Secondly, the man talks about South Africans fighting for their land against a white minority, but he quickly forgets that the fight against white minority rule in South Africa was an African fight supported by the whole of Africa, especially Nigeria and those frontline states whose citizens they are now killing in South Africa. Is this how you show appreciation for the help you received from others in the days of your struggle? Would South Africa have been free today if not for the sacrifice citizens and governments of those they are murdering today made for South Africa? Of course, nobody is saying criminal elements amongst foreign nationals should not be dealt with by the South African state, but listening to this Minister, this isn’t the case here. He’s complaining about “illegal trading” and “businesses” dominated by foreign nationals and he thinks his people should be running these businesses, but what exactly does that mean? Is he saying only his people are entitled to do illegal trading in South Africa or only his people are entitled to run businesses? Certainly, illegal trading is illegal, no matter who is doing it and the job of the state is to apprehend these persons, be they foreigners or South African nationals, and prosecute them lawfully. You cannot say only your own people must engage in illegal trading because that in itself is antithetical to the purpose of the state. You cannot say only your people must run businesses is South Africa because those foreigners doing so are doing so legally. The state cannot work to hand over legitimate businesses run by foreigners to their citizens simply on the basis of the owners being foreigners. We have many legitimate South African-owned businesses in Nigeria and our people are happy to patronize them and compete with them; we are not killing them and getting our government officials to say we should be running the businesses because we are Nigerians.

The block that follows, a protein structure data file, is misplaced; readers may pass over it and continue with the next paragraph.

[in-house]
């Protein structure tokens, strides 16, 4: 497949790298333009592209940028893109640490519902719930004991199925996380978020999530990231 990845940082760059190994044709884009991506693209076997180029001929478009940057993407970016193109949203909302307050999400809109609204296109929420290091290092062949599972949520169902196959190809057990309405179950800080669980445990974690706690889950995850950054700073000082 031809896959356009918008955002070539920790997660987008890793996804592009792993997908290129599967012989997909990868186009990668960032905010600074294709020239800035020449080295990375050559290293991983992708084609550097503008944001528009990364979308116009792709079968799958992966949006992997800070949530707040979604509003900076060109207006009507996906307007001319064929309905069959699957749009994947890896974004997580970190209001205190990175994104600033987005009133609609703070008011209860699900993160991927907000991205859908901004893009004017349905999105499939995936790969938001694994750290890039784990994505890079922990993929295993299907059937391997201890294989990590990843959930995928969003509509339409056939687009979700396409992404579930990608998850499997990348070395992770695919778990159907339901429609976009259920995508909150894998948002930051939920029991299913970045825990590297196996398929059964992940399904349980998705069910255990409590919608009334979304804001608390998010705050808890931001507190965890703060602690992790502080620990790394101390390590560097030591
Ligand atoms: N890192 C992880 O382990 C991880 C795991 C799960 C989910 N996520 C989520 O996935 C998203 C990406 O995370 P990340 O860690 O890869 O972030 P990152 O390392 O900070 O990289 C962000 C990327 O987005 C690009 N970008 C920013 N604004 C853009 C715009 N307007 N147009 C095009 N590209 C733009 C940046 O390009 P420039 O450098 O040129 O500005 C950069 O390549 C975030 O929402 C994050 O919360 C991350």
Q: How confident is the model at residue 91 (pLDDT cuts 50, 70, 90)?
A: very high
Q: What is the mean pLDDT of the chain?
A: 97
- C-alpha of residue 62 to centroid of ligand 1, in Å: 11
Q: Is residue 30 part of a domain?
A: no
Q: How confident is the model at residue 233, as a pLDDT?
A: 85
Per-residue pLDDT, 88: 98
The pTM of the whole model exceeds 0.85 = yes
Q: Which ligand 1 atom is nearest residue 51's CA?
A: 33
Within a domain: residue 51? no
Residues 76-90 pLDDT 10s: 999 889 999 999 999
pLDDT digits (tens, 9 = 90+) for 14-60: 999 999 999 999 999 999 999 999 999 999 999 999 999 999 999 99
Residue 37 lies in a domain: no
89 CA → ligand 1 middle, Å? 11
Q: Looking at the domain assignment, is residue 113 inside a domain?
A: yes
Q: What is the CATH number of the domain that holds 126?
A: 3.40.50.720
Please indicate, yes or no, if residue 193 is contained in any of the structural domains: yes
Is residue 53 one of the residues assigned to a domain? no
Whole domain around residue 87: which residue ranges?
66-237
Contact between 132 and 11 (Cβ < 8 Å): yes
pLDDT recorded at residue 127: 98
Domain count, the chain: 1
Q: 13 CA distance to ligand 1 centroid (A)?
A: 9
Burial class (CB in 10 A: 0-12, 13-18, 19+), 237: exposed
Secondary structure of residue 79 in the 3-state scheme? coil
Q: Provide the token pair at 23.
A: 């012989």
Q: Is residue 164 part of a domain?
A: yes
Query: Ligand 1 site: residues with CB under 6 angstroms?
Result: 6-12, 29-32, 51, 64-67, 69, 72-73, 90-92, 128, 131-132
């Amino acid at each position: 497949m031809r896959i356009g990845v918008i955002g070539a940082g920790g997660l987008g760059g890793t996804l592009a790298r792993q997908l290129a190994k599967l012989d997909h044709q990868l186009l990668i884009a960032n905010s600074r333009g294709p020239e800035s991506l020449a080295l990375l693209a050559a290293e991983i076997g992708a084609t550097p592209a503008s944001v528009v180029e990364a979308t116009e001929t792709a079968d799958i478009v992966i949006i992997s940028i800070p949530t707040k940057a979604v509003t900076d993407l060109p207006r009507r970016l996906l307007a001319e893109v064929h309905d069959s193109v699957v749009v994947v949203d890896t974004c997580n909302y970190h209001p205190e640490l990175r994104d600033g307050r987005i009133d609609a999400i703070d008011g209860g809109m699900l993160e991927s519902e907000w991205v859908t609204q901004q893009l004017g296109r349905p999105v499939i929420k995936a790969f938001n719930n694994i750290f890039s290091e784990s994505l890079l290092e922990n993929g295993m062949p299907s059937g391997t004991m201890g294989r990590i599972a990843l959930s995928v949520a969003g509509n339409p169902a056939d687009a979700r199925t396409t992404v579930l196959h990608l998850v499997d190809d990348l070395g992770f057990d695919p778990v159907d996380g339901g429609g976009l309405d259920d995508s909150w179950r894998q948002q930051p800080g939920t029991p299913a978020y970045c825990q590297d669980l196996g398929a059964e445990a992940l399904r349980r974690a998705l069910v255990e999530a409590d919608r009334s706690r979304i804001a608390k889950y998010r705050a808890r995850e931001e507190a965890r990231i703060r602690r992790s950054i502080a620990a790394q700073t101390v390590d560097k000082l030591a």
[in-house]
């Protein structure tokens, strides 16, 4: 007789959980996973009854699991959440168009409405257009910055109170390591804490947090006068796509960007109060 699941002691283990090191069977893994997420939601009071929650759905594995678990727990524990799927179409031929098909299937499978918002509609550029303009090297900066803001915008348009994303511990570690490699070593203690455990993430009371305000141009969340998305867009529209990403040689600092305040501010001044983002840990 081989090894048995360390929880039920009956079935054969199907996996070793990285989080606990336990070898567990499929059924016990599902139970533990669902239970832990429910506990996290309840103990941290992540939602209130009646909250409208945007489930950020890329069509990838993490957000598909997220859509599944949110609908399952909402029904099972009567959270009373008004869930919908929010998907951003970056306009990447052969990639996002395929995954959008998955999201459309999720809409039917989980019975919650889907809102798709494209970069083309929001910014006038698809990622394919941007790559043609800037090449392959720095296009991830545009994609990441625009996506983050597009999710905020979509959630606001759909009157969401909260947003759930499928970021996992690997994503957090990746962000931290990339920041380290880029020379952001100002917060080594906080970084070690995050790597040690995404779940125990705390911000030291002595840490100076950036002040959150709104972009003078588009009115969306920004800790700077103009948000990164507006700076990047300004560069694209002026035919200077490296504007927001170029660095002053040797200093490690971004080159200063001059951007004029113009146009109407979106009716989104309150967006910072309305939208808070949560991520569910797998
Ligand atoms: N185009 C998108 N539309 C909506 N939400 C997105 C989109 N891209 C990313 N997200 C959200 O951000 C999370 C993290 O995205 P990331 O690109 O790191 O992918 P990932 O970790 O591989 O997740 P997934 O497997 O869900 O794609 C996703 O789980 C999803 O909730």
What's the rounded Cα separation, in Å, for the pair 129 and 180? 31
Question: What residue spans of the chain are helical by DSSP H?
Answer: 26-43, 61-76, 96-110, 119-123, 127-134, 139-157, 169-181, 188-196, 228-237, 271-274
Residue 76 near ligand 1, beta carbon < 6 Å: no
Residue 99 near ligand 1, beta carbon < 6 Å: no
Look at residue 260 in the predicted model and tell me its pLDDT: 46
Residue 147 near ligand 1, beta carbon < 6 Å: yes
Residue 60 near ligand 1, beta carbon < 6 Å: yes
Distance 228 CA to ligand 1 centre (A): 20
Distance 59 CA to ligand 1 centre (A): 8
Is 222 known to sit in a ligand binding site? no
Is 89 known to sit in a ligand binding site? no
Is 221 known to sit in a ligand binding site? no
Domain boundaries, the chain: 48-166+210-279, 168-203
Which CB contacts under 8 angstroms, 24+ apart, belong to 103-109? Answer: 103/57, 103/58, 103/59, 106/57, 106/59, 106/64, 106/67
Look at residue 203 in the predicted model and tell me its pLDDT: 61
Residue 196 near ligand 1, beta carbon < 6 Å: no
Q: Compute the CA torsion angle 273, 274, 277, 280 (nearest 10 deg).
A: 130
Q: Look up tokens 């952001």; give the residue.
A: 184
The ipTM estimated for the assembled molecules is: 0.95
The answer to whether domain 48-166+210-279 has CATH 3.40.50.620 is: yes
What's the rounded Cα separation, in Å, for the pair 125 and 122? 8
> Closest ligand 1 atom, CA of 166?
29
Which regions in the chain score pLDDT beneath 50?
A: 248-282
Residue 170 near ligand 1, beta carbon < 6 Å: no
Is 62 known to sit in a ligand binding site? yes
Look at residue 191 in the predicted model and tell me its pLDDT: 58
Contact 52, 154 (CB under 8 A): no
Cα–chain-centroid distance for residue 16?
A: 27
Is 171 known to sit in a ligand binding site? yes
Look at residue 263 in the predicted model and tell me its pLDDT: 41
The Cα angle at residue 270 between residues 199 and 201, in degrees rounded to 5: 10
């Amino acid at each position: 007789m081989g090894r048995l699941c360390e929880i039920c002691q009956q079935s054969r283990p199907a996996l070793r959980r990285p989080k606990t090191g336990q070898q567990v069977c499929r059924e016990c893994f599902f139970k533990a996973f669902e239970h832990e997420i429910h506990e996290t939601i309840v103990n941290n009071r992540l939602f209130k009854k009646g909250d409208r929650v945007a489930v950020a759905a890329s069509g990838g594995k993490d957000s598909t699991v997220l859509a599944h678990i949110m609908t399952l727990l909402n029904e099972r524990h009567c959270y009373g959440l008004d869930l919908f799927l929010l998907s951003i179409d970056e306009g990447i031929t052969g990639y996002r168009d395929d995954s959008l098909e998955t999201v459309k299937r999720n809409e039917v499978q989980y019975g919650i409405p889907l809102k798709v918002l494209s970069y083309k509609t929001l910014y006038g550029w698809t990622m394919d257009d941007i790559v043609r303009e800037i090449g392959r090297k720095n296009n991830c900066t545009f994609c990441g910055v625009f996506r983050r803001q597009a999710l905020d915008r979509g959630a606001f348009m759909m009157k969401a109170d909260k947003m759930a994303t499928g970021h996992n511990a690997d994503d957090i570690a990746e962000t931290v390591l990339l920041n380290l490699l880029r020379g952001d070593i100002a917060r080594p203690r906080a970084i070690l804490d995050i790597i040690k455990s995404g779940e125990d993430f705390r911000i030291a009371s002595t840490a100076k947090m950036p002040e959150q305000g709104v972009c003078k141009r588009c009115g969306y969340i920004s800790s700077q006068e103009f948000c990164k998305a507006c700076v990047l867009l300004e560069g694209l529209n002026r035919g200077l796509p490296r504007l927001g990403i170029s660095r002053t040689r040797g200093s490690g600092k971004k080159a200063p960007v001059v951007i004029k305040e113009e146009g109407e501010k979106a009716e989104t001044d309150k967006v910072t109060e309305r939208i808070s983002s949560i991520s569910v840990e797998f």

Thus, what the killer South Africans are engaged in is not a service delivery protest as Mr Bongani Mkongi claims because this isn’t a case of Nigerian businesses not delivering on the services they offer. This is xenophobia and it is a most uncivilized way to handle a matter of public security in any country.
Thirdly, the claim that the supposed dominance of foreign nationals in one part of a South African city portends the possibility of a foreign national becoming president of South Africa in the future is an idiotic claim with no basis in fact and in law. I mean, by the very wording and operation of the South African Constitution, a foreign national cannot be elected into the National Assembly from where a president of the republic is chosen. Section 21(2) of the South African Constitution accords only citizens of South Africa the right to vote and be voted for, so what exactly is this Minister talking about? Where in the Constitution he’s presumably sworn to uphold is it stated that a foreign national can be president? That same Constitution in section 19 grants every person, foreigner or citizen, the right freely to choose his or her place of residence anywhere in the national territory of South Africa and that same Constitution under section 28 grants every person, foreigner or citizen, the right to acquire and hold rights in property. So, what is this Minister afraid of? What debate is he looking to have over the corpses of foreigners when the law of his country is clear about their rights in South Africa as residents, workers and business owners?
Here’s the truth, what is happening to the psyche of some South Africans, including some of them in government like this Bongani Mkongi fellow, is comparable to an extent with what’s happening with the psyche of some of us who are Nigerians today due to the effects of previous bad governance and bad political culture. This is the equivalence of an untreated national trauma.
To be continued tomorrow
Emetulu, formerly of The Guardian, wrote from London.